D-DAY was the largest seaborne invasion in history — marking the beginning of the liberation of France and western Europe — and Isle of Wight veteran Alec Penstone was right in the thick of it.

The Shanklin man, who served the Royal Navy throughout the Second World War with distinction, took part in Arctic Convoys and had been on one to Russia, when his crew was diverted.

Alec remembered being anchored off the Isle of Wight and could see The Needles and The Solent being "covered in ships".

Alec Penstone may have lost his sight, but in his mind's eye he can see D-Day just as vividly now as he did 80 years ago.

The Royal Navy veteran was in Normandy for France's 80th anniversary D-Day commemorations to pay his respects to his shipmates.

The last time he was in Normandy he was shown the grave of his cousin who had to crash land just before midnight on June 5.

Alec's role was that of a submarine detector on board an escort ship, working 27ft below the waterline, with his only means of communication to the bridge being a telephone.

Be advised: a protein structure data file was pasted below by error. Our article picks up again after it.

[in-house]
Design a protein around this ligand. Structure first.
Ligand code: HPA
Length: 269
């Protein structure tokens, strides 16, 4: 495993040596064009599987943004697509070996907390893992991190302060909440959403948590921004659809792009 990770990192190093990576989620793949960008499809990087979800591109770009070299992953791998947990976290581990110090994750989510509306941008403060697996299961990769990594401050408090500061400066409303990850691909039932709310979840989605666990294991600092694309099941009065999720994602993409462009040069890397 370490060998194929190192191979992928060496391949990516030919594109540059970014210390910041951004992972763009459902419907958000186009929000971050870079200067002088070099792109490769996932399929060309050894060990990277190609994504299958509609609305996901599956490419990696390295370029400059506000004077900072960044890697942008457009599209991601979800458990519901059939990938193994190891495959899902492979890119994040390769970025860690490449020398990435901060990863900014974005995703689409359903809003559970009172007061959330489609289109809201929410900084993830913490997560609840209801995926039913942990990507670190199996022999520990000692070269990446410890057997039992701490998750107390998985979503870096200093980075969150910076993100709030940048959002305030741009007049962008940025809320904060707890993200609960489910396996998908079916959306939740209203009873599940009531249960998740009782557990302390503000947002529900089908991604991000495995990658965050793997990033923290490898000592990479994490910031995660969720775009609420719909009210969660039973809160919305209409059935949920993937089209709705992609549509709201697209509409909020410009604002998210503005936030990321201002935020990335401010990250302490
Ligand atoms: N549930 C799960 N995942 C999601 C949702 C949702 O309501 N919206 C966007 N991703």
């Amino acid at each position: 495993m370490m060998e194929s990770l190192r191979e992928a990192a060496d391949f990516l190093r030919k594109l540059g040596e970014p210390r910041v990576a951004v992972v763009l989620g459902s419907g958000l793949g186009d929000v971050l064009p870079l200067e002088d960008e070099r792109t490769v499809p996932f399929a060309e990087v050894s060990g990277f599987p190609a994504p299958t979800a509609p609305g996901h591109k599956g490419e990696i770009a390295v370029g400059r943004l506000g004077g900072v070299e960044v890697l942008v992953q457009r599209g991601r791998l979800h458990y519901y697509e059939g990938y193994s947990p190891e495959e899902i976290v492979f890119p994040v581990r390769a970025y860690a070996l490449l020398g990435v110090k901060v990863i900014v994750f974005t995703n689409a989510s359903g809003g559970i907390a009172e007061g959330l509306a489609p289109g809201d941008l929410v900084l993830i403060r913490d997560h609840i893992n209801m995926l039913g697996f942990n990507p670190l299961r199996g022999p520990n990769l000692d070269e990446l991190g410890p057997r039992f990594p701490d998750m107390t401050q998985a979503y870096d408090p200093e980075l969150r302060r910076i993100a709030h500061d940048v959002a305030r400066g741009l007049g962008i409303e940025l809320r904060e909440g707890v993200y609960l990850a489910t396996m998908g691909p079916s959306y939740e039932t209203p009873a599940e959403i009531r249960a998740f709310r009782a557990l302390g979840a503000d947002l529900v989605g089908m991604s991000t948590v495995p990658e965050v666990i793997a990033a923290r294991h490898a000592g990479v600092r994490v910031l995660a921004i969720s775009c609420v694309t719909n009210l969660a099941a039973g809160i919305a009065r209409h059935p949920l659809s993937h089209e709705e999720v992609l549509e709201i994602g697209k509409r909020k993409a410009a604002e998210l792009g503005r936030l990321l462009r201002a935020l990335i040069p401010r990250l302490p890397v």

What crossed the English Channel was a huge armada of ships — Alec was in the thick of it.

"It was one of those very important jobs. As far as the eye could see," explained Alec, on an item recorded by the BBC for its D-Day 80 live event in Portsmouth yesterday (Wednesday).

During the early hours of June 6, 1944, Alec was part of a major Allied invasion going to Normandy on a vessel acting as cover force, protecting the invading craft from the U-Boats.

Alec was at 'Action Stations' for about 40 hours.

Without his boat and others like it, there would have been a massacre, says Alec.

"We were doing our job. Each one knew what they were doing and, if one didn't do their job properly, the whole ship was in danger.

"It was a question of doing what you were trained to do — and hope for the best."

Once everyone was in position on the French coast, the Allies opened fire — the huge crash of guns bringing an immense cacophony of noise.

"All we could hear below was explosions. I can't remember being scared."

Alec, now aged 99, has been a regular visitor to Normandy ever since.

"Even now, whenever I go over to Normandy, I feel an immense sense of pride, to have taken part in the invasion."